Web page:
Movements for reform 1870-1914 chapter 1 landlords and tenants

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The Plan of Campaign

In 1886, due to poor prices in Britain, many farmers were facing eviction.

The National League under John Dillon, Timothy Harrington and William O Brien urged tenants to resist eviction.

Harrington published an article in the leagues paper ‘United Ireland’ called ‘Plan of Campaign’.

Tenants would agree what they could afford, offer it to the landlord and if he refused, would put it into a fund to fight evictions. They would prevent any other tenants taking over.

Very successful but Parnell was afraid of the effect on British Liberals and stopped it spreading.

Arthur Balfour and Ireland

Appointed Chief Secretary in 1887 in response to the Plan of Campaign.

Wanted to enforce the law and reform (carrot and stick).

Carrot: He amended the 1881 Land Act by reducing the ‘judicial rent’ from 15 years to 3.

Stick:1887 Balfour’s Perpetual Crimes Act.

Trial without jury for boycotting and encouraging tenants to resist eviction.

The Lord Lieutenant could declare organisations illegal.

Many leaders of the Plan were jailed, including 24 MPs and were treated in jail like common criminals.

He sent soldiers and police to help landlords to evict.

Dramatic eviction scenes reported by journalists using photography. Sympathy in Britain and Balfour stopped.

Landlord Syndicates.

In response to the ‘Plan’ landlords formed syndicates. They pooled money, bought estates of landlords going broke due to the ‘Plan’ and evicted all the tenants.

The leader of the syndicate was Arthur Smith Barry.

New Tipperary

The ‘Plan’ leaders urged Smith Barry’s tenants to stop paying rent. The tenants and the town of Tipperary were evicted.

William O Brien built New Tipperary. Very expensive

Harrington, Dillon and O Brien made inflammatory speeches, got arrested and then jumped bail and went to fund raise in the US.

The Tenants

After the divorce case in 1890 the HR party split and the politicians lost interest. Many tenants did not get back to their land until 1907

The 1891 Balfour Land Act.

Killing Home Rule with Kindness.

2 parts.

  1. Land Purchase

£33m over 49 years but only in government bonds.

Times were bad and landlords did not trust bonds so not as many as expected sold.

  1. The Congested Districts Board.

Western counties where too many people for the quality of land.

CDB was to help by:

  • Buying up unused land and resettling people and so increasing farm size.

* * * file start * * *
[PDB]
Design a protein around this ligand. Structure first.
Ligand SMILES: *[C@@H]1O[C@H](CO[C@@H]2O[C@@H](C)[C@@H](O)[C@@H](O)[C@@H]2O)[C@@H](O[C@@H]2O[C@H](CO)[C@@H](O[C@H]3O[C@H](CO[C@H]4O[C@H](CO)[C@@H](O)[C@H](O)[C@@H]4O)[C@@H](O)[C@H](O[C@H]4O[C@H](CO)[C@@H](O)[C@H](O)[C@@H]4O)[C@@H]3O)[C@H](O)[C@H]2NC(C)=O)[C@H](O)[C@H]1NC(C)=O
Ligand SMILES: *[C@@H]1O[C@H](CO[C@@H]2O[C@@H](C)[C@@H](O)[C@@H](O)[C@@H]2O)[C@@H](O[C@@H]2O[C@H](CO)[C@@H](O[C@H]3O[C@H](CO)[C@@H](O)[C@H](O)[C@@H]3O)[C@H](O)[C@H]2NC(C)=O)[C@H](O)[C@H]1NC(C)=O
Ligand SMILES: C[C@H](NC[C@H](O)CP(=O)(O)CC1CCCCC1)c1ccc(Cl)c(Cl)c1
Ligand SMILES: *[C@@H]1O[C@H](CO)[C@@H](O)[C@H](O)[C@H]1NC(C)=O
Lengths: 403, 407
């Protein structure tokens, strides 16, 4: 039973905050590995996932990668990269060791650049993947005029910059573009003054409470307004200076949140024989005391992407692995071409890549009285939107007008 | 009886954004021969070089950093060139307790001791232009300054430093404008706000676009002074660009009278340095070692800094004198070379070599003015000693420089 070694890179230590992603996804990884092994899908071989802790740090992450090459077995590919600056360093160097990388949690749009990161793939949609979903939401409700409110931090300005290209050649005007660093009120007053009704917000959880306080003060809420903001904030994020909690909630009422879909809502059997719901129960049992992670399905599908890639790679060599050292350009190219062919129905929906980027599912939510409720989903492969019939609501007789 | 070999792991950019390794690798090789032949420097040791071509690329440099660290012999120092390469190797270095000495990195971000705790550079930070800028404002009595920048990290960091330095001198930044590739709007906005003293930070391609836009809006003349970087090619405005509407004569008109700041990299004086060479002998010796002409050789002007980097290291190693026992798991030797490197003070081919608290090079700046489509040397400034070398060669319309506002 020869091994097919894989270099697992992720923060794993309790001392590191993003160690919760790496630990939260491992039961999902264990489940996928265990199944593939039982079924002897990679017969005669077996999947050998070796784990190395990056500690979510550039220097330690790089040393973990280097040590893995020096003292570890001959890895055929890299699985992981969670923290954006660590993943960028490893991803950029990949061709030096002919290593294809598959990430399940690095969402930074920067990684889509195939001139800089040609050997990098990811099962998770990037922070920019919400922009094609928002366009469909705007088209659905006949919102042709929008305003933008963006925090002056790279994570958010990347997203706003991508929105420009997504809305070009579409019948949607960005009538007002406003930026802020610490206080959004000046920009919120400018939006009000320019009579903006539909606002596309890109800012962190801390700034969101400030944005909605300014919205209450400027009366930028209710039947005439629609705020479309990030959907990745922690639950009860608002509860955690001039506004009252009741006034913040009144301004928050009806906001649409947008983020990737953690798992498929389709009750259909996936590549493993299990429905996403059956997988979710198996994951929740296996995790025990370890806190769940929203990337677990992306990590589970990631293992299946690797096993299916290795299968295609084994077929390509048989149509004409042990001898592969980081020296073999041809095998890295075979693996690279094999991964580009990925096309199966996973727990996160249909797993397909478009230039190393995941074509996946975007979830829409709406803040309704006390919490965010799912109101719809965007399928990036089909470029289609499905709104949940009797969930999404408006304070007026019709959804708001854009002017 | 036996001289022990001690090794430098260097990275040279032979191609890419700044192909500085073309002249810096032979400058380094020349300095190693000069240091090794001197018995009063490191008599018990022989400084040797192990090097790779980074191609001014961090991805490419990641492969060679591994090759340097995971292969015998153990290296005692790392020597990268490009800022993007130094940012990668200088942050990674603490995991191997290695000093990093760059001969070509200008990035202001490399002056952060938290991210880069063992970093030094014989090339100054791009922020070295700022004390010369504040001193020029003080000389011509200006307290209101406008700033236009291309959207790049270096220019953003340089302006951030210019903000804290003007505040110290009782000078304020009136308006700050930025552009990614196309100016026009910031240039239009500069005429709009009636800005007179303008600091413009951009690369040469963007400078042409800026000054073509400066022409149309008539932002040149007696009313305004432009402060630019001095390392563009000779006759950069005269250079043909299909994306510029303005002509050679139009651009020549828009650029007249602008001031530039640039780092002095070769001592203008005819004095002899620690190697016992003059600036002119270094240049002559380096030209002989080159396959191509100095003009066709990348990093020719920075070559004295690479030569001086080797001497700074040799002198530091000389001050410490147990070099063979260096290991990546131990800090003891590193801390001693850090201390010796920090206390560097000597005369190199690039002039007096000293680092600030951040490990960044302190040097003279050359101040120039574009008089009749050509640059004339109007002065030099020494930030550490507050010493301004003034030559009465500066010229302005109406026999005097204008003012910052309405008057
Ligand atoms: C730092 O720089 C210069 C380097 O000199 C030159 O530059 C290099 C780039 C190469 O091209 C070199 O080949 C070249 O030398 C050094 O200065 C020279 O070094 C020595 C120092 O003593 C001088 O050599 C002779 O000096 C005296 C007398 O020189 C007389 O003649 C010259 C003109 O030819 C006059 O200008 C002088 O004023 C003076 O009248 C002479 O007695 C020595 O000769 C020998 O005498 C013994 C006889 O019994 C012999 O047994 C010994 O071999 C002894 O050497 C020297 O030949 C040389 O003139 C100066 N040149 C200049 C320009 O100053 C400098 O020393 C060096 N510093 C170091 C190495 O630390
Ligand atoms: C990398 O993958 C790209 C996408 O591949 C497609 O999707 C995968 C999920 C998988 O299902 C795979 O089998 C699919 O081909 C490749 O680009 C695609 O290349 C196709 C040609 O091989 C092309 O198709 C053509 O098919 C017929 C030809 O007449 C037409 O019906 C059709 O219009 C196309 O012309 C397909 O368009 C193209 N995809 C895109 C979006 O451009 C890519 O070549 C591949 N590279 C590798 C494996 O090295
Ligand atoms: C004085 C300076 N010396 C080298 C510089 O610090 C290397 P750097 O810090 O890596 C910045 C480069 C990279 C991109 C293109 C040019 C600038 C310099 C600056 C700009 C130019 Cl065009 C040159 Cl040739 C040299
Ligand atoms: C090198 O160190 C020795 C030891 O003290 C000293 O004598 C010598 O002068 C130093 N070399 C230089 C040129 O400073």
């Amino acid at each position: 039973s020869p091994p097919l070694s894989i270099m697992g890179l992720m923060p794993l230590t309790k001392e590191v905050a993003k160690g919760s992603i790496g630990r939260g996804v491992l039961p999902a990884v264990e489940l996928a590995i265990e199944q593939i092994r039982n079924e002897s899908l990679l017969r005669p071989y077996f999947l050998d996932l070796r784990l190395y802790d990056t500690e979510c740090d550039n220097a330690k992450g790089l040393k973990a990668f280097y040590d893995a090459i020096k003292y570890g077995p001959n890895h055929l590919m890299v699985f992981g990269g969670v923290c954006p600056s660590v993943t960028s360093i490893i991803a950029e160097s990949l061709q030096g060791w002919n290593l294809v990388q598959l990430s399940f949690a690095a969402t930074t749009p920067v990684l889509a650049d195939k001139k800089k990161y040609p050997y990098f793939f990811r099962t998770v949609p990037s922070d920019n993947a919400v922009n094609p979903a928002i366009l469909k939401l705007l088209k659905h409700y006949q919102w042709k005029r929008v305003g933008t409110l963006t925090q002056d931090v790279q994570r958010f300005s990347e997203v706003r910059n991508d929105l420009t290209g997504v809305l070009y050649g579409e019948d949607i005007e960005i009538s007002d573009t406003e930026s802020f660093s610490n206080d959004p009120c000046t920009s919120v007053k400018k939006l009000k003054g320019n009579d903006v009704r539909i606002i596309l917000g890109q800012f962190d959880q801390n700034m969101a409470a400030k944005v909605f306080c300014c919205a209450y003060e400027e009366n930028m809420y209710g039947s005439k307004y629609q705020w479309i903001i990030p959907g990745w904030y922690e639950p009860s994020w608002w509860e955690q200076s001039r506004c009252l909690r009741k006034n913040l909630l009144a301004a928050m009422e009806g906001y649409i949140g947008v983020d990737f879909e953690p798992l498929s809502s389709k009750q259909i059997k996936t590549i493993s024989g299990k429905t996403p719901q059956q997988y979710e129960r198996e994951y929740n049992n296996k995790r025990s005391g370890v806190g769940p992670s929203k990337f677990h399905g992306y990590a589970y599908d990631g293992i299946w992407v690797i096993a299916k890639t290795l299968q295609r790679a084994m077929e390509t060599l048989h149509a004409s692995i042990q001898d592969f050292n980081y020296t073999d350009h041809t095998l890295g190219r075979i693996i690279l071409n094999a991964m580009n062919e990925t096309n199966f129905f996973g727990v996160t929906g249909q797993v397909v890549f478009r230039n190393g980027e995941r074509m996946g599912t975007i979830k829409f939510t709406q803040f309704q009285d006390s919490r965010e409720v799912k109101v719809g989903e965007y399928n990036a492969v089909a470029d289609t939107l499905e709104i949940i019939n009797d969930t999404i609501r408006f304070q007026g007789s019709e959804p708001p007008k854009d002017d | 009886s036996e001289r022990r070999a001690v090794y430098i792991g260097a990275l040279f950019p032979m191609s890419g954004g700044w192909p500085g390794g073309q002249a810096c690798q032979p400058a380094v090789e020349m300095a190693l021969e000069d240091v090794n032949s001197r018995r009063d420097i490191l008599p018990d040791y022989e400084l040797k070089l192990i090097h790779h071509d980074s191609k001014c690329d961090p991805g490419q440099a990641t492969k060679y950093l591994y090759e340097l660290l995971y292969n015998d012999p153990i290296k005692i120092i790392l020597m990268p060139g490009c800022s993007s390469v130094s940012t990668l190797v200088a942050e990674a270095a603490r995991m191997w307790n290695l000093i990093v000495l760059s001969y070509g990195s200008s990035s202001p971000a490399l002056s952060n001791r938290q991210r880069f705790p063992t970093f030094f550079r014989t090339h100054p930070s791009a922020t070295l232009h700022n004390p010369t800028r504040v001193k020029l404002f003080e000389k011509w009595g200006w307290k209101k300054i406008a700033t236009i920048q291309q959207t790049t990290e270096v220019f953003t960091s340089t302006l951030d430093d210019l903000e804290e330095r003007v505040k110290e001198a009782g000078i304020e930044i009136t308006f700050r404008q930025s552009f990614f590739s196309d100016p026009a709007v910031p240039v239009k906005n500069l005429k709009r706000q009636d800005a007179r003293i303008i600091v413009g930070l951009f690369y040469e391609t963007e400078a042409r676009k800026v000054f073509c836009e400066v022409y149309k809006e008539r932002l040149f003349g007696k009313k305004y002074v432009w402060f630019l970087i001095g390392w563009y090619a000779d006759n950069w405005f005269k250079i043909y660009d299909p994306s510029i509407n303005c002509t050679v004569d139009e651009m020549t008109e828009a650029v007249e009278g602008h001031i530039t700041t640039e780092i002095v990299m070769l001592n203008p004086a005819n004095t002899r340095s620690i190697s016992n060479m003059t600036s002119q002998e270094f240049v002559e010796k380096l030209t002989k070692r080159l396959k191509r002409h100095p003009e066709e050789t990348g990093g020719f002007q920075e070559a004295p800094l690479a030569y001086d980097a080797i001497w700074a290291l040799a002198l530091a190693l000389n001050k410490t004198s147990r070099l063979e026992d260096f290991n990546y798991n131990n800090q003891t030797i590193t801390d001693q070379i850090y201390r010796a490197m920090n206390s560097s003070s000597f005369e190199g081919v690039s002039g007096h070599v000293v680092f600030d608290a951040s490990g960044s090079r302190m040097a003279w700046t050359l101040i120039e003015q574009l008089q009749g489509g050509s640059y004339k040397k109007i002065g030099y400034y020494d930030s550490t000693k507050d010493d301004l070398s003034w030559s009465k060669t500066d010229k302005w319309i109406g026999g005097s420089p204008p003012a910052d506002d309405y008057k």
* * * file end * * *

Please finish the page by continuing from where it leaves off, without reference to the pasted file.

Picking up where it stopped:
• New agricultural techniques by employing instructors .

  • Promote cottage industries such as knitting, weaving (Donegal tweed)

  • Gave loans to fishermen and built piers

  • Bridges, railways and roads

By 1892 Balfour could claim the country was quiet.

7.4 The Years of Constructive Unionism
1892-95 Liberals back in power

1895-1905 Conservatives in power.

Arthur Balfour promoted and his brother Gerald became Chief Secretary and later his cousin George Wyndham took the job.

Constructive Unionism = killing HR with kindness

The Co-operative Movement

Horace Plunkett returned from the US and saw that Irish agriculture had lost market share in Britain, mainly to Denmark.

He suggested that we follow the co-operative model established in Denmark.

The first co-operative was in Doneraile in Cork

1894 the IAOS was founded.

Plunkett set up a newspaper ‘The Irish Homestead’ to spread the message.

Plunkett was opposed for a time because he was a unionist, protestant landlord.

The IAOS was most successful in dairy areas.

Failed to recapture the market but stopped the rot.

The Department of Agriculture

1892 Plunkett became an MP and persuaded a few other MPs from other parties to form the ‘Recess Committee’. Its purpose was to come up with ideas to help farming in Ireland.

The Recess Committee suggested a Department of Agriculture.

In 1899 it was set up with Plunkett at its head.

Agricultural instructors were appointed to help farming, forestry and fishing.

Change was slow.

1898 The Local Government Act

County, district and urban councils to be elected by ratepayers, men and women.

Responsible for roads, sewage, pubic lighting, water and public buildings. These had been set up in Britain 10 years earlier.

Nearly all the councils were controlled by the Home Rule party and this led to contracts and promotions being given to supporters. Some corruption.

The United Irish League

The new land movement, set up by William O Brien in 1898, wanted compulsory purchase. It became very powerful and helped reunite the Home Rule party. It also looked like it could start a new land war.

George Wyndham preferred conciliation and backed a landlords conference proposals that a new land purchase bill be introduced.

The Wyndham Land Act 1903

The most important land purchase law

  • £100m

  • A very good price in cash (18 to 27 times annual rent)

  • Loans over 68 years

  • Landlords given a bonus if they sold the entire estate in one go, thereby reducing legal bills.

This Act, together with Birrell’s amendment in 1909 was a huge success

Assessment of the Conservative Government

  • They had solved the land question but small farmers were still a lot poorer.

  • They had not killed Home Rule

  • Landlords had done well financially


8.1 The Irish Parliamentary Party and the Liberals 1906-10
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